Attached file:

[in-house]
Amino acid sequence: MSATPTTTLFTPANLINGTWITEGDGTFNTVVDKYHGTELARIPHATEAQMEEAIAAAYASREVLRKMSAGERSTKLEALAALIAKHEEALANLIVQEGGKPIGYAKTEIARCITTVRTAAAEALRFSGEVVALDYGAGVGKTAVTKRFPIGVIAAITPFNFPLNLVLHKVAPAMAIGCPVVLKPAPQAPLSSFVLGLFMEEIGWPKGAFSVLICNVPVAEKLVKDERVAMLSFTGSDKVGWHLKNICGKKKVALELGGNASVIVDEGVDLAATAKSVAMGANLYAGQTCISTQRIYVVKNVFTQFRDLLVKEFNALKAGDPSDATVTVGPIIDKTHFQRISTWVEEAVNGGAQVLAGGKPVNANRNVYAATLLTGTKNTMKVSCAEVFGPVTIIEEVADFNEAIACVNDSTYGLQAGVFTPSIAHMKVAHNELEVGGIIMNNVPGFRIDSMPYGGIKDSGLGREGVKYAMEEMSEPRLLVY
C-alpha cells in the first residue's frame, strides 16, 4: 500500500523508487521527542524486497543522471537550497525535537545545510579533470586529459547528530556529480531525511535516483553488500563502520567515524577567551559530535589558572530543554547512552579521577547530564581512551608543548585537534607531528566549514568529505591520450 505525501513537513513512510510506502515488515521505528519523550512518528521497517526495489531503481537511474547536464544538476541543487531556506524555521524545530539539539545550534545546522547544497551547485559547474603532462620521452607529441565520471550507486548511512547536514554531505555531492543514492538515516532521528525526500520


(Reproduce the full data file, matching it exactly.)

[in-house]
Amino acid sequence: MSATPTTTLFTPANLINGTWITEGDGTFNTVVDKYHGTELARIPHATEAQMEEAIAAAYASREVLRKMSAGERSTKLEALAALIAKHEEALANLIVQEGGKPIGYAKTEIARCITTVRTAAAEALRFSGEVVALDYGAGVGKTAVTKRFPIGVIAAITPFNFPLNLVLHKVAPAMAIGCPVVLKPAPQAPLSSFVLGLFMEEIGWPKGAFSVLICNVPVAEKLVKDERVAMLSFTGSDKVGWHLKNICGKKKVALELGGNASVIVDEGVDLAATAKSVAMGANLYAGQTCISTQRIYVVKNVFTQFRDLLVKEFNALKAGDPSDATVTVGPIIDKTHFQRISTWVEEAVNGGAQVLAGGKPVNANRNVYAATLLTGTKNTMKVSCAEVFGPVTIIEEVADFNEAIACVNDSTYGLQAGVFTPSIAHMKVAHNELEVGGIIMNNVPGFRIDSMPYGGIKDSGLGREGVKYAMEEMSEPRLLVY
C-alpha cells in the first residue's frame, strides 16, 4: 500500500523508487521527542524486497543522471537550497525535537545545510579533470586529459547528530556529480531525511535516483553488500563502520567515524577567551559530535589558572530543554547512552579521577547530564581512551608543548585537534607531528566549514568529505591520450 505525501513537513513512510510506502515488515521505528519523550512518528521497517526495489531503481537511474547536464544538476541543487531556506524555521524545530539539539545550534545546522547544497551547485559547474603532462620521452607529441565520471550507486548511512547536514554531505555531492543514492538515516532521528525526500520